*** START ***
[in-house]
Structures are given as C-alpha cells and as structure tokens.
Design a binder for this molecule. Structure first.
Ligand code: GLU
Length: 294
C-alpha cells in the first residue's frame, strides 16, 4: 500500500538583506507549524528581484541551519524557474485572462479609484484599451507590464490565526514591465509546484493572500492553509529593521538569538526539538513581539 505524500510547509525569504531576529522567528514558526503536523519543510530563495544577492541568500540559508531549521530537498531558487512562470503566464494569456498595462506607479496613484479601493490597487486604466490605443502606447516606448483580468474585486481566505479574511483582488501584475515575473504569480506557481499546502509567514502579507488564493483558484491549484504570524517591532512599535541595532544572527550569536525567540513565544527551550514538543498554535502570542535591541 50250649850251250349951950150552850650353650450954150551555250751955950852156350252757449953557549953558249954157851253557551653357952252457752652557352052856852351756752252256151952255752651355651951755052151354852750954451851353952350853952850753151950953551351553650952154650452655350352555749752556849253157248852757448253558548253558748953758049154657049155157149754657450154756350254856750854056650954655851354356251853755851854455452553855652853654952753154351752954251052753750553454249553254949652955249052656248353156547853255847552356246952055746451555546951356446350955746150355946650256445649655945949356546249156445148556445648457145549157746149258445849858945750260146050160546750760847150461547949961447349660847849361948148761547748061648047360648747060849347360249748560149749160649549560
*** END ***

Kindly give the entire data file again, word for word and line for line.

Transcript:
[in-house]
Structures are given as C-alpha cells and as structure tokens.
Design a binder for this molecule. Structure first.
Ligand code: GLU
Length: 294
C-alpha cells in the first residue's frame, strides 16, 4: 500500500538583506507549524528581484541551519524557474485572462479609484484599451507590464490565526514591465509546484493572500492553509529593521538569538526539538513581539 505524500510547509525569504531576529522567528514558526503536523519543510530563495544577492541568500540559508531549521530537498531558487512562470503566464494569456498595462506607479496613484479601493490597487486604466490605443502606447516606448483580468474585486481566505479574511483582488501584475515575473504569480506557481499546502509567514502579507488564493483558484491549484504570524517591532512599535541595532544572527550569536525567540513565544527551550514538543498554535502570542535591541 50250649850251250349951950150552850650353650450954150551555250751955950852156350252757449953557549953558249954157851253557551653357952252457752652557352052856852351756752252256151952255752651355651951755052151354852750954451851353952350853952850753151950953551351553650952154650452655350352555749752556849253157248852757448253558548253558748953758049154657049155157149754657450154756350254856750854056650954655851354356251853755851854455452553855652853654952753154351752954251052753750553454249553254949652955249052656248353156547853255847552356246952055746451555546951356446350955746150355946650256445649655945949356546249156445148556445648457145549157746149258445849858945750260146050160546750760847150461547949961447349660847849361948148761547748061648047360648747060849347360249748560149749160649549560